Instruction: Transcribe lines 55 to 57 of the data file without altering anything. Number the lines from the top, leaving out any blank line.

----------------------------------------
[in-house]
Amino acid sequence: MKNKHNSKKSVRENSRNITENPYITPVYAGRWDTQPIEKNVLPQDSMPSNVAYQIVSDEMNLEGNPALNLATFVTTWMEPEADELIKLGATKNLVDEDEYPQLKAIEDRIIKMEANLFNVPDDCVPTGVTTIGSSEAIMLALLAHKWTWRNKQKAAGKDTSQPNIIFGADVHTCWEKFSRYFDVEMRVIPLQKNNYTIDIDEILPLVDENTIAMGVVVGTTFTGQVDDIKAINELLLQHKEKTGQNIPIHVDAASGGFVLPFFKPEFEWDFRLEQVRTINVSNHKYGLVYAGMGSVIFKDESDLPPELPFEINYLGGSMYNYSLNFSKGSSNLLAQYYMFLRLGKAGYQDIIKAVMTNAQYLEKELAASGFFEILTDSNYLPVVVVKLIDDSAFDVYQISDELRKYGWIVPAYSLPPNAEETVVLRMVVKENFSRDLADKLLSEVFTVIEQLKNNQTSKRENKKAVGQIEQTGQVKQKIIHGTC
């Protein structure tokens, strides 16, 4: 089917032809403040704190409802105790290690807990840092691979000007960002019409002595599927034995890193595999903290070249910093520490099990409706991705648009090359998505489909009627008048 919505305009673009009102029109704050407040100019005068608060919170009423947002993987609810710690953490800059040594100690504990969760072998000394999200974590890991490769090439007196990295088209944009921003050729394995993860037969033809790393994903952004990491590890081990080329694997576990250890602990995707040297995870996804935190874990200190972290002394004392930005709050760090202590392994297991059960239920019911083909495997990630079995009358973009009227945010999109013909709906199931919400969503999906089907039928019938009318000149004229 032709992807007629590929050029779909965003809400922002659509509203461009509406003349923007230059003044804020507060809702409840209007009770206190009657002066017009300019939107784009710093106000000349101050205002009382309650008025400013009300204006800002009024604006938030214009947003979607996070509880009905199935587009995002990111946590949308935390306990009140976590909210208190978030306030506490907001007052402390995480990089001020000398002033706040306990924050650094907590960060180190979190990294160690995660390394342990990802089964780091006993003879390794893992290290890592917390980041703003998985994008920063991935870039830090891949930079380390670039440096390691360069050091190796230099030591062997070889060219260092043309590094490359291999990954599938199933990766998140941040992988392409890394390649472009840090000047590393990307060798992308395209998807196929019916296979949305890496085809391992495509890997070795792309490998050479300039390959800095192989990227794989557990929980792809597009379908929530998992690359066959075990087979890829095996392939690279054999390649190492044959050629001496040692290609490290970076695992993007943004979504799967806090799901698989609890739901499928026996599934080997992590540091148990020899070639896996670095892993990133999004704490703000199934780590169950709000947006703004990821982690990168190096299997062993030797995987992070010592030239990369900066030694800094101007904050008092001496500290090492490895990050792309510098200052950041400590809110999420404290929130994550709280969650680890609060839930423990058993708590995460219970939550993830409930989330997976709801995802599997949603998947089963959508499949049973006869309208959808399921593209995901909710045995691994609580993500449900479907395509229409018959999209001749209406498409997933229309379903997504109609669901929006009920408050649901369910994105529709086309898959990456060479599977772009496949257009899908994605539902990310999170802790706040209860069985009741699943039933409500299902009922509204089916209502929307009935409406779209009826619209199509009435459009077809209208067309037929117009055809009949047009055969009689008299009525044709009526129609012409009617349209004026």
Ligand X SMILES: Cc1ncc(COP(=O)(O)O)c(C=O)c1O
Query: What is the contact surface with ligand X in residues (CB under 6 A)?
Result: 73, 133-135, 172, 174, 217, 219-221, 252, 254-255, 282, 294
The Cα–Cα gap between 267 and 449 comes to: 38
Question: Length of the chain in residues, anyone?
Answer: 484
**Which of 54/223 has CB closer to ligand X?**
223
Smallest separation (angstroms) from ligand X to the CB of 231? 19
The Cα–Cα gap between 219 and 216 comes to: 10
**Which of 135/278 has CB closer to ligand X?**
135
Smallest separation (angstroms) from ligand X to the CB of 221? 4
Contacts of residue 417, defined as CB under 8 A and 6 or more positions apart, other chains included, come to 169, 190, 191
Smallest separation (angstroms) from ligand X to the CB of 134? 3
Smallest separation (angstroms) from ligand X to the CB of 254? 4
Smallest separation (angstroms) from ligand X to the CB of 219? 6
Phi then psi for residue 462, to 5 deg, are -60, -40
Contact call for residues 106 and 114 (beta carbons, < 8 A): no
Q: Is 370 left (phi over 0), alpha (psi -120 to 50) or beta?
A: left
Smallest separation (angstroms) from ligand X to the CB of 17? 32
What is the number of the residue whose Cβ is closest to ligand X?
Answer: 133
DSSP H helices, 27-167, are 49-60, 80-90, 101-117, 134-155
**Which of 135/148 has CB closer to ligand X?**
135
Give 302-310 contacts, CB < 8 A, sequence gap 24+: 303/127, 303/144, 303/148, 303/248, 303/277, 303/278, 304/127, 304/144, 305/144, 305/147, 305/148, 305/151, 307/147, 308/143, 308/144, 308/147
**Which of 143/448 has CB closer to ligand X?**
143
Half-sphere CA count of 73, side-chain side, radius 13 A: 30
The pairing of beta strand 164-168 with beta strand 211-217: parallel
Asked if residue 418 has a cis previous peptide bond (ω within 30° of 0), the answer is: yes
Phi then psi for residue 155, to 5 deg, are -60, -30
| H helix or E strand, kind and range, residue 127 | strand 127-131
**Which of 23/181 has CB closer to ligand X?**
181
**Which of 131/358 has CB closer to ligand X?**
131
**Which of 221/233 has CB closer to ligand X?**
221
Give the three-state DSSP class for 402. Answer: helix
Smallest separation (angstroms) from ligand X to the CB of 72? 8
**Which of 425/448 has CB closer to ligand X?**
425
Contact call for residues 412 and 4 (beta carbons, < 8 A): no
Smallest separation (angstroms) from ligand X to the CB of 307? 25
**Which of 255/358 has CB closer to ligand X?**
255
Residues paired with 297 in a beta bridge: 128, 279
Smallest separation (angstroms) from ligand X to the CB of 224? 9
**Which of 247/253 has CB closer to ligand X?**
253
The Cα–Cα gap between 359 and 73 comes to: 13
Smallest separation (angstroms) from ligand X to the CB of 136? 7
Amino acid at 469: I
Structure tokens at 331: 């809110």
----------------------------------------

**Which of 247/253 has CB closer to ligand X?**
253
The Cα–Cα gap between 359 and 73 comes to: 13